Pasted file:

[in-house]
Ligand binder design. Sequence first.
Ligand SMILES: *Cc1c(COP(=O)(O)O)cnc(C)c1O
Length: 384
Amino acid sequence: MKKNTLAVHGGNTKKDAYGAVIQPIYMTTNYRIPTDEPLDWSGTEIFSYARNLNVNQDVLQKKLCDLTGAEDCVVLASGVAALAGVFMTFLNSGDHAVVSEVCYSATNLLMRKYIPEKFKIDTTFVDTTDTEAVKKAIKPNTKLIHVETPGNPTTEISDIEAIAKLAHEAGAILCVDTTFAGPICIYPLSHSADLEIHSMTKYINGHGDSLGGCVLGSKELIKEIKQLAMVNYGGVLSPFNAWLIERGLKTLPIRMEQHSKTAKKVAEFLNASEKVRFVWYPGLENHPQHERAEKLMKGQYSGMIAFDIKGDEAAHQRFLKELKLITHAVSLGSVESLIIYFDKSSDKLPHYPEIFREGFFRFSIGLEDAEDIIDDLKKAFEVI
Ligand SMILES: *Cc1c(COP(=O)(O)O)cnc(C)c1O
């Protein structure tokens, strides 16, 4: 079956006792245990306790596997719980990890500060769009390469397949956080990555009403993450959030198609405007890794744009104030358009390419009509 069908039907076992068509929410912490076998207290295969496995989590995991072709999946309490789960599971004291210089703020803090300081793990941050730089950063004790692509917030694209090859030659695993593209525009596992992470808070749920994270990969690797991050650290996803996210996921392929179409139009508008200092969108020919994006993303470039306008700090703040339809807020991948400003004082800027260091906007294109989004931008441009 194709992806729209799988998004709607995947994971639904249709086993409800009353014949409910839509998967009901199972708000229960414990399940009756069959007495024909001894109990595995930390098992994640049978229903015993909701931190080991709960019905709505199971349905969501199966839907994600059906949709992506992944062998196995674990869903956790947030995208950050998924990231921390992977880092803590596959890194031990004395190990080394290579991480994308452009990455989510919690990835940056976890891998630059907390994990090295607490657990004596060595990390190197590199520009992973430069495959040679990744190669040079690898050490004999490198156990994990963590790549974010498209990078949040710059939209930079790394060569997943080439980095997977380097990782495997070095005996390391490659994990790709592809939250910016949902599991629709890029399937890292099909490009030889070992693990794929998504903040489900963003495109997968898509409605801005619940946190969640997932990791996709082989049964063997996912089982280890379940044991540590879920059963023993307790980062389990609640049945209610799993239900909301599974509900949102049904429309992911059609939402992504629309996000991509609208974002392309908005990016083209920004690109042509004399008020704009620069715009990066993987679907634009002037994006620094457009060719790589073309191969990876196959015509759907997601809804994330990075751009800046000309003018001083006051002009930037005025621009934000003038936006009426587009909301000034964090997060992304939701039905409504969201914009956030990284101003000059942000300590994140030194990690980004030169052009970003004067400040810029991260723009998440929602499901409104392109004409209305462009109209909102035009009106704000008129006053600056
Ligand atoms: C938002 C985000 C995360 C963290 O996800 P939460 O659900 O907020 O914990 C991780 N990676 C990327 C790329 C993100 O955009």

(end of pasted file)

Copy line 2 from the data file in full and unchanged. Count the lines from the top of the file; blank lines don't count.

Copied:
Ligand binder design. Sequence first.